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Trump Announces Plan to Lift Tariffs on Steel, Aluminum for Canada & Mexico in 2 Days; Florida Officials: Trump Sending Over 100 Migrants a Day to Democratic Counties; "Champions For Change" Focuses on Heather Abbott Who Lost Leg in Boston Marathon Bombing. Aired 2:30- 3p ET
Aired May 17, 2019 - 14:30 ET
THIS IS A RUSH TRANSCRIPT. THIS COPY MAY NOT BE IN ITS FINAL FORM AND MAY BE UPDATED.
[14:34:18] BROOKE BALDWIN, CNN ANCHOR: Just into CNN, President Trump announcing plans to lift steel and aluminum tariffs on Canada and Mexico. The change would take effect in two days.
This is what the president just had to say about the move as he was speaking at an event in Washington.
(BEGIN VIDEO CLIP)
DONALD TRUMP, PRESIDENT OF THE UNITED STATES: We have a great relationship the Canadian prime minister and we have a great relationship. But they've been charging us extremely high tariffs, as much as 185 percent or more for our agricultural products, which is a barrier. It's essentially a barrier. In other words, when you pay $285, guess what, you know what they say, we don't want your business.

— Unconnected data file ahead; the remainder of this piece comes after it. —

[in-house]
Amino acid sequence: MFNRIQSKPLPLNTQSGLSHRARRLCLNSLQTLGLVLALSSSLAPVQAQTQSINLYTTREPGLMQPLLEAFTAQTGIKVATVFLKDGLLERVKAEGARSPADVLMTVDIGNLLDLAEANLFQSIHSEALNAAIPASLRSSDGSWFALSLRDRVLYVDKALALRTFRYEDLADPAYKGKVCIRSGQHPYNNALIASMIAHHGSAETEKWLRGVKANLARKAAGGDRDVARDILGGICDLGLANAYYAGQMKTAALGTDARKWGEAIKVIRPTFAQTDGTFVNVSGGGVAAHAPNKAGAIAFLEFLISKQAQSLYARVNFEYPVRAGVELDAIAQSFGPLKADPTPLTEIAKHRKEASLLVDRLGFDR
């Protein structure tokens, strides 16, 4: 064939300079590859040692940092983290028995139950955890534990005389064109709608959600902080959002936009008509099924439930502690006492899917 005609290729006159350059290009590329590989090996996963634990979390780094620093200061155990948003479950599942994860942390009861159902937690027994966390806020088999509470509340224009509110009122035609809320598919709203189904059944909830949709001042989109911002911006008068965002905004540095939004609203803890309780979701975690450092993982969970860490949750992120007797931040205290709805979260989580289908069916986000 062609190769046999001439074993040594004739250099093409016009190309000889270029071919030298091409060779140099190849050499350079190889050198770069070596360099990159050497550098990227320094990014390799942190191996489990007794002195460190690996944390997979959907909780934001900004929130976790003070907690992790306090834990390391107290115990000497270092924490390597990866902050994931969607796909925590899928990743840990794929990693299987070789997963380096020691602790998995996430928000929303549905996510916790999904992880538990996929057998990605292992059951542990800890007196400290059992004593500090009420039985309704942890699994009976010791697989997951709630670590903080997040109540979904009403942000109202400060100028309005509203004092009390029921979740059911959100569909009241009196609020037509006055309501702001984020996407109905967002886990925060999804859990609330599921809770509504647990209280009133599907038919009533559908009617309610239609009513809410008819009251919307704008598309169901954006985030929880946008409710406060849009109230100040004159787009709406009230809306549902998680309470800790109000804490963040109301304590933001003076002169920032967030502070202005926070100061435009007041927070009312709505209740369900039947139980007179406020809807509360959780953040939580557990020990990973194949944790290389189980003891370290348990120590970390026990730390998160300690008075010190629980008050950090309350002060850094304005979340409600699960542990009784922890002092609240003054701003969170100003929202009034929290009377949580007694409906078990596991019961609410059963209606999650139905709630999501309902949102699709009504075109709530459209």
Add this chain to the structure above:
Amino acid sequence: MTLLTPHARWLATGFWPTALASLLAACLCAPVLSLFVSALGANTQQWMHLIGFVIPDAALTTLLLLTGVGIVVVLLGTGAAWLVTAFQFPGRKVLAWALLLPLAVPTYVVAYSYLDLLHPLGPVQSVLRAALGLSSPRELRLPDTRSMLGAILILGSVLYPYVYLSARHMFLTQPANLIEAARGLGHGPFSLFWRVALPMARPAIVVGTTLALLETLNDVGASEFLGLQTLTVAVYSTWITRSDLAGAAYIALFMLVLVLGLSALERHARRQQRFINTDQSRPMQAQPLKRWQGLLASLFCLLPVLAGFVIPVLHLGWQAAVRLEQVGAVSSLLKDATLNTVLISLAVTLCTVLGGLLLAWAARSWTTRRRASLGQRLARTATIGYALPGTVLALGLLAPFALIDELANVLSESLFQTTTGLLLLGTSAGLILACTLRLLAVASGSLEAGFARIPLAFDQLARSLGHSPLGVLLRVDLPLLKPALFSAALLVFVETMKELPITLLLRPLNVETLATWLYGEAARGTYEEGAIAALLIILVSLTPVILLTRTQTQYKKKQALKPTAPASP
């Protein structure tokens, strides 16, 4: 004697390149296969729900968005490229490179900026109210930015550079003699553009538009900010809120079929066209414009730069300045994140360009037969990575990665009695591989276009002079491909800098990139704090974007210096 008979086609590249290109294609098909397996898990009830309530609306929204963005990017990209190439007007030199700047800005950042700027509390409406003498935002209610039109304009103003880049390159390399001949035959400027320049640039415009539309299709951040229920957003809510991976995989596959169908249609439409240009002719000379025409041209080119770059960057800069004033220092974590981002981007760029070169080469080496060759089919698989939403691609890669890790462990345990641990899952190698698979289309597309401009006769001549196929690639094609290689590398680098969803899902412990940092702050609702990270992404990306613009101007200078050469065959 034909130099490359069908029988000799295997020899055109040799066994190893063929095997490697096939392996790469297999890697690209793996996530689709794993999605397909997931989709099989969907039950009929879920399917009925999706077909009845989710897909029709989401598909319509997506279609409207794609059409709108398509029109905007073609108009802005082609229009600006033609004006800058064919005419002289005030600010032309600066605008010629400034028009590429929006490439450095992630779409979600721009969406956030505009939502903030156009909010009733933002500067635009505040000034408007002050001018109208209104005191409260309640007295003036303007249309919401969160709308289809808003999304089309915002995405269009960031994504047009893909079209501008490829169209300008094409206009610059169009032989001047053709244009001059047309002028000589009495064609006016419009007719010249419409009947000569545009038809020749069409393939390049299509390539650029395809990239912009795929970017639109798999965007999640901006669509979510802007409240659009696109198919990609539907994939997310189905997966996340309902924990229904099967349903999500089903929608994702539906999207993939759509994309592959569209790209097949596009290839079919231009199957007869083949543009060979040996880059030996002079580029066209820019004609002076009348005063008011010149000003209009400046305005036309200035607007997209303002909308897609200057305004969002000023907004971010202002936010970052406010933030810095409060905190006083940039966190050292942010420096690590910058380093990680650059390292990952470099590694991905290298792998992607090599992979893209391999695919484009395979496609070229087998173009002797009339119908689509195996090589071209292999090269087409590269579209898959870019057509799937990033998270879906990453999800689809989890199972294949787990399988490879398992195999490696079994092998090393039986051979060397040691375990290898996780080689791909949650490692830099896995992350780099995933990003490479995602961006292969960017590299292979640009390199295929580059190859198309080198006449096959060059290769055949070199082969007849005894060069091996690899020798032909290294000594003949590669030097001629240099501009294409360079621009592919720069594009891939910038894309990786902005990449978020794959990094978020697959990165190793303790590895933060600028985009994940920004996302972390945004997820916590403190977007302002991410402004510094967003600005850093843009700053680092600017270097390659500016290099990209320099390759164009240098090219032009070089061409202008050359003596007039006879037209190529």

So it was a barrier to our farmers being able to do business with them, to our farmers being able to sell product in there.
[14:35:01] So that deal is going to be a fantastic deal for our country. And hopefully, Congress will approve the USMCA quickly. And then the great farmers and manufacturers and steel plants will make our economy more successful than it already is, if that is possible. Which it is.
(END VIDEO CLIP)
BALDWIN: The president there in Washington.
Lawmakers in both parties have spoken out against the tariffs, which were imposed last year.